When “Karen” tells me “I follow science”, I’ve taken to silently appending, often (but by no means always) in my mind, “you absorbed a CDC announcement a little over a year ago”.
The people maniacally scrubbing surfaces? As re Covid, it’s largely a wasted effort.
Via the Atlantic, which nearly along among periodicals has done a good job of actual journalism as re public health:
Whenever I’ve written about hygiene theater, some people have responded with the same objection: “Hey, what’s the matter with washing our hands?” That’s an easy one: Absolutely nothing. “Pandemic or no pandemic, you should wash your hands, especially after you prepare food, go to the bathroom,” or touch something yucky, Goldman said.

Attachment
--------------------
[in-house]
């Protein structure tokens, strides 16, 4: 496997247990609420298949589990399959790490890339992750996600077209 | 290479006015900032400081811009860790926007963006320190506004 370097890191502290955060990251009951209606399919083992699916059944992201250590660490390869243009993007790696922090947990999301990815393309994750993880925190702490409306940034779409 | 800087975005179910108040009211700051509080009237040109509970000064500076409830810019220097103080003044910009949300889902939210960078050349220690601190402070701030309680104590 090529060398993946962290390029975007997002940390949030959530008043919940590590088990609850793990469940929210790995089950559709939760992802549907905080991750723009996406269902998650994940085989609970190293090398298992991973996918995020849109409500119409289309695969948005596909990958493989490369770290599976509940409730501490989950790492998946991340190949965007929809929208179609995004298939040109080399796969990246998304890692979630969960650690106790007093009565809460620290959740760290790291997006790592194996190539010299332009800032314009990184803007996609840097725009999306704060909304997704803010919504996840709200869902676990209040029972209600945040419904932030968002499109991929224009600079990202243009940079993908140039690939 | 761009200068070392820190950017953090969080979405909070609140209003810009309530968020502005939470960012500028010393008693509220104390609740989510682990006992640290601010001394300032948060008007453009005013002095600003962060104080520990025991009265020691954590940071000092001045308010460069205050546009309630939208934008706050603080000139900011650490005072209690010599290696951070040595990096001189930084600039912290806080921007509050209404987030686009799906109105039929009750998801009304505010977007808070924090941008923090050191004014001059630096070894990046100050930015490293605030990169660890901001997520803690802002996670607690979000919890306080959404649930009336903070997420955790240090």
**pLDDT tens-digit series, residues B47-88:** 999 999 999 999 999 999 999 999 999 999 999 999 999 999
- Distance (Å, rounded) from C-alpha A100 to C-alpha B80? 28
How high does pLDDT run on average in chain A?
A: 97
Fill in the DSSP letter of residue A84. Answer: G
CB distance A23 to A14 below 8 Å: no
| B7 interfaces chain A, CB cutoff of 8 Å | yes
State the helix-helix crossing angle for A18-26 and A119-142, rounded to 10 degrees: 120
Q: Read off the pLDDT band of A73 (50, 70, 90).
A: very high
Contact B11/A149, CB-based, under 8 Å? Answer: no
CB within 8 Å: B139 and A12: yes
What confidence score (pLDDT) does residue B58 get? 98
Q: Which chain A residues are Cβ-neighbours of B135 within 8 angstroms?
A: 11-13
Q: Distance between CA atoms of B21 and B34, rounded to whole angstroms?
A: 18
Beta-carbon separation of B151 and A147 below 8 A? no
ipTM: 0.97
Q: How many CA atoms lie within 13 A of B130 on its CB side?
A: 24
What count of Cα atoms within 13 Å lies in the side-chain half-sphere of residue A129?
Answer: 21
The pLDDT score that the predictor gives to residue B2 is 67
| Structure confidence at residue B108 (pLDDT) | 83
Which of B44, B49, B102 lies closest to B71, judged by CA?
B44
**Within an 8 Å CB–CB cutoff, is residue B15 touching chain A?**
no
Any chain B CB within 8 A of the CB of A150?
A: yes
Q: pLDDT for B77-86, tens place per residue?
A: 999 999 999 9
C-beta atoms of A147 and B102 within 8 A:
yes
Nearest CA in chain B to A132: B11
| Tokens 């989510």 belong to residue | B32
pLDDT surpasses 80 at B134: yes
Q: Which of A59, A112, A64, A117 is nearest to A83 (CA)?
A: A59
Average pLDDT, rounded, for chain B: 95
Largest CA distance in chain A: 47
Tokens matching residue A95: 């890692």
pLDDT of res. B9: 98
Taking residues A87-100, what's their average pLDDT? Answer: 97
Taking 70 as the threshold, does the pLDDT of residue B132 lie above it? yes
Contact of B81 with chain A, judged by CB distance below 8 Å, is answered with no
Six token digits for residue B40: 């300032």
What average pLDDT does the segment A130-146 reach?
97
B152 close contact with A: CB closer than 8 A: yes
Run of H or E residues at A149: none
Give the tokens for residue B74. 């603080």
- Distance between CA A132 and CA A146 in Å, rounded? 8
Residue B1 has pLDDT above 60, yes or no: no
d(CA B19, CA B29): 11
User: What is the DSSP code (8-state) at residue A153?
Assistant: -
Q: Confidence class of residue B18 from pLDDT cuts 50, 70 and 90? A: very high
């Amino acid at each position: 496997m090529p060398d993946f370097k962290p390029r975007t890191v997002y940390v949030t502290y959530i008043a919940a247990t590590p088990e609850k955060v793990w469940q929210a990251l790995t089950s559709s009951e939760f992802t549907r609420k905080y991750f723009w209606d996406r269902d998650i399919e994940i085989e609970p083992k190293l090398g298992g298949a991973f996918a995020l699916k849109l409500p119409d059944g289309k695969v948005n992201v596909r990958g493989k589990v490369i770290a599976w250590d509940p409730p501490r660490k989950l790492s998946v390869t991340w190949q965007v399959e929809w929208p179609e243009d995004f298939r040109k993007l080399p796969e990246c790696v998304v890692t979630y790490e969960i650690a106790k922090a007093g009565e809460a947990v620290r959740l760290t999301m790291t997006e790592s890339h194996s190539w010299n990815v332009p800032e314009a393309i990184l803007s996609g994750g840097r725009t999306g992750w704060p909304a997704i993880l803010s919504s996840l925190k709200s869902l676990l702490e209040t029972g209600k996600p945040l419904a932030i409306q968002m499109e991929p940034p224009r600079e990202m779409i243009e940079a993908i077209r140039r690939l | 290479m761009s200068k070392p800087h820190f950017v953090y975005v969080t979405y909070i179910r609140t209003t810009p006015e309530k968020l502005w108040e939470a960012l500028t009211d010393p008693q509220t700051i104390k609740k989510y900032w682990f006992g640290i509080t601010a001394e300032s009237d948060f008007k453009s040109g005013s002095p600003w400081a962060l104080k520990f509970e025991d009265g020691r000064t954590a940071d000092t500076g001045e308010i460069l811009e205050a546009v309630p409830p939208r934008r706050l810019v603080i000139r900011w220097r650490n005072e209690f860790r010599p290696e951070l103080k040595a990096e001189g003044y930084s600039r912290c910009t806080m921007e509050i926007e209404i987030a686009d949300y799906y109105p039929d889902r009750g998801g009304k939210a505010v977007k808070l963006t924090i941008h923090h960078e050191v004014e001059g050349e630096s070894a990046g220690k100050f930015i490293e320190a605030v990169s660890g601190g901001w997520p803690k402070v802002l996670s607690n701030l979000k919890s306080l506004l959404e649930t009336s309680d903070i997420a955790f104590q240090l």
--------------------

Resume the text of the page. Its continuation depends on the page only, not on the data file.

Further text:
But hygiene theater carries with it an immense opportunity cost. Too many institutions spend scarce funds or sacrifice scarce resources to do microbial battle against fomites that don’t pose a real threat. This is especially true of cash-strapped urban-transit authorities and school districts that have spent hundreds of millions of dollars on soap technology rather than their central task of transporting and teaching people.
Hygiene theater also muddles the public-health message. If you tell people, “This disease is on surfaces, on your clothes, on your hands, on your face, and also in the air,” they will react in a scattered and scared way. But if you tell people the truth—this virus doesn’t do very well on surfaces, so you should focus on ventilation—they can protect themselves against what matters.
Of course, if you read this blog (and, to be fair, this blog’s citing of writers in The Atlantic), you had a solid hunch about this nearly a year ago.